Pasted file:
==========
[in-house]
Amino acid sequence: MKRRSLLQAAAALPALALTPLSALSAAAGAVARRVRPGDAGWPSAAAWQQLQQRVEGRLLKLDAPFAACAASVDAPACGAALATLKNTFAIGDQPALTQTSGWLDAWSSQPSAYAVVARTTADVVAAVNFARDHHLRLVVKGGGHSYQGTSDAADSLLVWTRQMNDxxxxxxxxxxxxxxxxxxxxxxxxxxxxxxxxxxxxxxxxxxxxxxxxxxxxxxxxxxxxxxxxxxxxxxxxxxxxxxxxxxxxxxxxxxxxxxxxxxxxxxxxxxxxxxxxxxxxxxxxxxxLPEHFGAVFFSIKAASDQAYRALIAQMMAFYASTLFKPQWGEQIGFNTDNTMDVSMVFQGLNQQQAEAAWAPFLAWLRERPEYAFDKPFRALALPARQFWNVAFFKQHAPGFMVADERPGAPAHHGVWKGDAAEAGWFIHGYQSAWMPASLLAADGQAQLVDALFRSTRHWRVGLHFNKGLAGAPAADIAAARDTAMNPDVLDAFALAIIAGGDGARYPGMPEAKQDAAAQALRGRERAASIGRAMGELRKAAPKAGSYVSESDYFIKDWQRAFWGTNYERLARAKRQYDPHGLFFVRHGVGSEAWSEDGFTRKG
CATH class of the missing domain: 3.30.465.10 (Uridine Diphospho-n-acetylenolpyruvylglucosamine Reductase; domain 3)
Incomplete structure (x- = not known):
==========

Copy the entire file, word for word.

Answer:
[in-house]
Amino acid sequence: MKRRSLLQAAAALPALALTPLSALSAAAGAVARRVRPGDAGWPSAAAWQQLQQRVEGRLLKLDAPFAACAASVDAPACGAALATLKNTFAIGDQPALTQTSGWLDAWSSQPSAYAVVARTTADVVAAVNFARDHHLRLVVKGGGHSYQGTSDAADSLLVWTRQMNDxxxxxxxxxxxxxxxxxxxxxxxxxxxxxxxxxxxxxxxxxxxxxxxxxxxxxxxxxxxxxxxxxxxxxxxxxxxxxxxxxxxxxxxxxxxxxxxxxxxxxxxxxxxxxxxxxxxxxxxxxxxLPEHFGAVFFSIKAASDQAYRALIAQMMAFYASTLFKPQWGEQIGFNTDNTMDVSMVFQGLNQQQAEAAWAPFLAWLRERPEYAFDKPFRALALPARQFWNVAFFKQHAPGFMVADERPGAPAHHGVWKGDAAEAGWFIHGYQSAWMPASLLAADGQAQLVDALFRSTRHWRVGLHFNKGLAGAPAADIAAARDTAMNPDVLDAFALAIIAGGDGARYPGMPEAKQDAAAQALRGRERAASIGRAMGELRKAAPKAGSYVSESDYFIKDWQRAFWGTNYERLARAKRQYDPHGLFFVRHGVGSEAWSEDGFTRKG
CATH class of the missing domain: 3.30.465.10 (Uridine Diphospho-n-acetylenolpyruvylglucosamine Reductase; domain 3)
Incomplete structure (x- = not known):